“I got terribly sick and made a full recovery. Here’s what I learned.” [Jared Bernstein, WaPo]. “My big life lesson, however, is personal, not technical. The outpouring of deep-felt support I received was an existential reminder that taking the time to listen, talk to and connect with the scores of people we encounter from all walks of our lives is a lot more important than I realized. In fact, it may be among the most important things we do.” • This is a touching article, and the author is to a degree self-reflective; he credits his luck to “white privilege,” of course, not class. Here I’m thinking of the ~24% of poor people who can’t vote because of illness or disability. Their stories are never told. Certainly not in WaPo.
News of the Wired
“Is It Time for Safeguards in the Adoption of Robotic Surgery?” [JAMA Network]. The abstract: “On February 28, 2019, the US Food and Drug Administration (FDA) released a safety communication that cautioned patients, surgeons, and health care organizations about the use of robotic-assisted surgical systems for the management of breast cancer and other cancers. This safety communication cited concerns that evidence to support the use of robotic-assisted surgery for the management of these cancers was limited and may even be associated with shorter long-term survival compared with other surgical approaches.” • Ulp.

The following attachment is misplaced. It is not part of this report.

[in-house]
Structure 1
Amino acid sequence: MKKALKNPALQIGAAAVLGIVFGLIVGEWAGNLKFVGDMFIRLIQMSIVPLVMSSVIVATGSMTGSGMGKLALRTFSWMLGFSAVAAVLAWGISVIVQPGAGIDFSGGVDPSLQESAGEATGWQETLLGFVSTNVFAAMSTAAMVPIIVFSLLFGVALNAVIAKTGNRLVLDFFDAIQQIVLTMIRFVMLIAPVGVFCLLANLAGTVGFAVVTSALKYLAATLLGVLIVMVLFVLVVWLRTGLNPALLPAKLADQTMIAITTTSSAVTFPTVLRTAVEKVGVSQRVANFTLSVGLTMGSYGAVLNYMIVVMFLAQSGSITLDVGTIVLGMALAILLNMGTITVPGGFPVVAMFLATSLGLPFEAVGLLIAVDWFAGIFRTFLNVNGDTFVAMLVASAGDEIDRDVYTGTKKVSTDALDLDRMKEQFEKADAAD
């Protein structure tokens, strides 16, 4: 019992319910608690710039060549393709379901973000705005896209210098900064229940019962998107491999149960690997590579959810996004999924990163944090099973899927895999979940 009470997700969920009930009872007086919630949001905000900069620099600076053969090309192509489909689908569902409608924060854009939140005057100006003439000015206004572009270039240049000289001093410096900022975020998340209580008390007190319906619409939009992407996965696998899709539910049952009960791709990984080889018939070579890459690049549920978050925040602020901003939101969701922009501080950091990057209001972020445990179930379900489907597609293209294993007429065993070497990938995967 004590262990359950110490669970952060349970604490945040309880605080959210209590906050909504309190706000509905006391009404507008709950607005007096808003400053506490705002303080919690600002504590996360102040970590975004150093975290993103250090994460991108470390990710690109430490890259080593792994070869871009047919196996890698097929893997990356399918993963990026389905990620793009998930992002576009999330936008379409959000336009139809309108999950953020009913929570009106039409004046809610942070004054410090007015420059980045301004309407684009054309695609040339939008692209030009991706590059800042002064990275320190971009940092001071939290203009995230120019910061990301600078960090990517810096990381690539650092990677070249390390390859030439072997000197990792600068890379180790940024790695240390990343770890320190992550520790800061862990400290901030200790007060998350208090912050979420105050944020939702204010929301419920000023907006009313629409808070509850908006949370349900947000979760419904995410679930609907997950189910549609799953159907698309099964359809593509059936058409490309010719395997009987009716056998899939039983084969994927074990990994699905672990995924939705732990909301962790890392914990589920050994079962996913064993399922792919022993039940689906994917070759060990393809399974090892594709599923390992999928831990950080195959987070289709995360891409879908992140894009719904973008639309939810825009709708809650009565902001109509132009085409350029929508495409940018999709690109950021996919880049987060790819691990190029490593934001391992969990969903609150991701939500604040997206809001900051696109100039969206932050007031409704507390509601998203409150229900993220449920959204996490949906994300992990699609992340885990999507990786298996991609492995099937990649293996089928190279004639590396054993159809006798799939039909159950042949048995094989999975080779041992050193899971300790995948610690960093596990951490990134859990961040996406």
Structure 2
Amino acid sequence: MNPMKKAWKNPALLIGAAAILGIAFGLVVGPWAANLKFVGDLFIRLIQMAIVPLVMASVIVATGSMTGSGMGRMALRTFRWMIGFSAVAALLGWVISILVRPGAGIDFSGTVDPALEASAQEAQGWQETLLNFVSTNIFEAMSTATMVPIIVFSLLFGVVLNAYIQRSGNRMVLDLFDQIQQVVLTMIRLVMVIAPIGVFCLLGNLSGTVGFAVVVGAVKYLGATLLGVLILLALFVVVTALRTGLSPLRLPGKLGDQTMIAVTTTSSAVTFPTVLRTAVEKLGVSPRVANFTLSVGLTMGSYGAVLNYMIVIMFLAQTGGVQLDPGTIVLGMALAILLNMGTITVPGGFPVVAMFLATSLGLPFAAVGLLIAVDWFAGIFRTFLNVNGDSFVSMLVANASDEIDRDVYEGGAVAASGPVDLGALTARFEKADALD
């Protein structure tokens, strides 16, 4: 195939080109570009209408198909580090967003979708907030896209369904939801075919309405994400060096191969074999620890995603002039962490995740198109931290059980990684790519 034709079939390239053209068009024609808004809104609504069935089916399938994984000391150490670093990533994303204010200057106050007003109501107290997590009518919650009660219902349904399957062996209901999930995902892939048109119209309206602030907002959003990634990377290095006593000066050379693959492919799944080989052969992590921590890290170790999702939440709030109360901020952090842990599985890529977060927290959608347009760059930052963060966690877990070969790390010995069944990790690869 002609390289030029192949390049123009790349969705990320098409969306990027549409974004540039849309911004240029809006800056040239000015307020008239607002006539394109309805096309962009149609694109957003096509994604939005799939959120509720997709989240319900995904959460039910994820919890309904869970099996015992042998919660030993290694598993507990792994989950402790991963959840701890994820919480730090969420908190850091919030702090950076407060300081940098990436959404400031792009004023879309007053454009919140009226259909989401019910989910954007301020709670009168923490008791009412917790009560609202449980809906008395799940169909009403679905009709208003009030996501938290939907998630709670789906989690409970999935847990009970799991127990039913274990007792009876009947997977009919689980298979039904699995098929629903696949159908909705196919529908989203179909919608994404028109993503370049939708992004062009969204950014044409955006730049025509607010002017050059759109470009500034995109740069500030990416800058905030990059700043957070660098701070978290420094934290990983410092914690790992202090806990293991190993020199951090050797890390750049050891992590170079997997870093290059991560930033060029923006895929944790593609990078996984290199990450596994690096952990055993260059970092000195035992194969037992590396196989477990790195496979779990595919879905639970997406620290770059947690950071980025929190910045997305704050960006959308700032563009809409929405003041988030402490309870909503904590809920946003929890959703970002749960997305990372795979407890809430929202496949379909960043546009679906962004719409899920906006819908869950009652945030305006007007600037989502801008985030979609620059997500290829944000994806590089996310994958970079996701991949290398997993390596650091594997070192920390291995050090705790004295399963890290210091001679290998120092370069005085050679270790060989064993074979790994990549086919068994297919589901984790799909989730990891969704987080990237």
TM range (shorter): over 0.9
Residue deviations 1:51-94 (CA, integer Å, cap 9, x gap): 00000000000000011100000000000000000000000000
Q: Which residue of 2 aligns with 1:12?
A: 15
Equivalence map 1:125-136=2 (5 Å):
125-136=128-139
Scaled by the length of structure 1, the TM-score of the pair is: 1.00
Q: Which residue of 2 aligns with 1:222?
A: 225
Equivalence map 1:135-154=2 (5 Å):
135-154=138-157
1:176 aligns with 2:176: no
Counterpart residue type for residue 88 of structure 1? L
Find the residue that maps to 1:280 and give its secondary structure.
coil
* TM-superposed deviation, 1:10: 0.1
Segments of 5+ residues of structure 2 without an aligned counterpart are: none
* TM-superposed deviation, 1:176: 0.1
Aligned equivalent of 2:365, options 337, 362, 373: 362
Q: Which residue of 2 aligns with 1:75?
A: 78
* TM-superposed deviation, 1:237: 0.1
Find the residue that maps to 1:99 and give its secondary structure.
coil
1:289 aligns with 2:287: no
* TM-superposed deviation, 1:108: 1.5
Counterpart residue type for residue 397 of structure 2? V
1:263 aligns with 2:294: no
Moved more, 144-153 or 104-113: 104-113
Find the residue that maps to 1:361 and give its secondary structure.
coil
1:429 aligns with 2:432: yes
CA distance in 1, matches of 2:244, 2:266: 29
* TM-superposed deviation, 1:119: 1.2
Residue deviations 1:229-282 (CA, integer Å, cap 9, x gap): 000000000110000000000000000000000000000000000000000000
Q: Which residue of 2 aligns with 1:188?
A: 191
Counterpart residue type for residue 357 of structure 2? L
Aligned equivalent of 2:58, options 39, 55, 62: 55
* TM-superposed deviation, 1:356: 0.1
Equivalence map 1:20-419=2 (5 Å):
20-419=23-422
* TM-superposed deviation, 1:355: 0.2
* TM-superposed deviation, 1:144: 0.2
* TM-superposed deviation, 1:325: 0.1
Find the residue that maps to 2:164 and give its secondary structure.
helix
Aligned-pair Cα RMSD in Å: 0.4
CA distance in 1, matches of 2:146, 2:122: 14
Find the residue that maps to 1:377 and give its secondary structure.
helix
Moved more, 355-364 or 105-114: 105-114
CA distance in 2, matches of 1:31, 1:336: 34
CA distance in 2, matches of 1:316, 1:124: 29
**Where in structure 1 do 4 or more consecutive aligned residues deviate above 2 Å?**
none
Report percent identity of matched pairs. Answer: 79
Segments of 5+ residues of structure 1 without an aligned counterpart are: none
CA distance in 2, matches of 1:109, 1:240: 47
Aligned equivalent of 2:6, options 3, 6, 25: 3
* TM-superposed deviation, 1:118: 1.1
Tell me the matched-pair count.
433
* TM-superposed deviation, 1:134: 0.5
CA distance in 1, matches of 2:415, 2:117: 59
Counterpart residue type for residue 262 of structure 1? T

“Algorithmic Governance and Political Legitimacy” [American Affairs Journal]. “[D]ecisions made by algorithm are often not explainable, even by those who wrote the algorithm, and for that reason cannot win rational assent. This is the more fundamental problem posed by mechanized decision-making, as it touches on the basis of political legitimacy in any liberal regime.” • Hat tip for this excellent article to alert reader Stanley Dundee.
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Angie Neer writes: “’Tis the season for cottonwood seed pods in the Pacific NW.” Fa la la la la!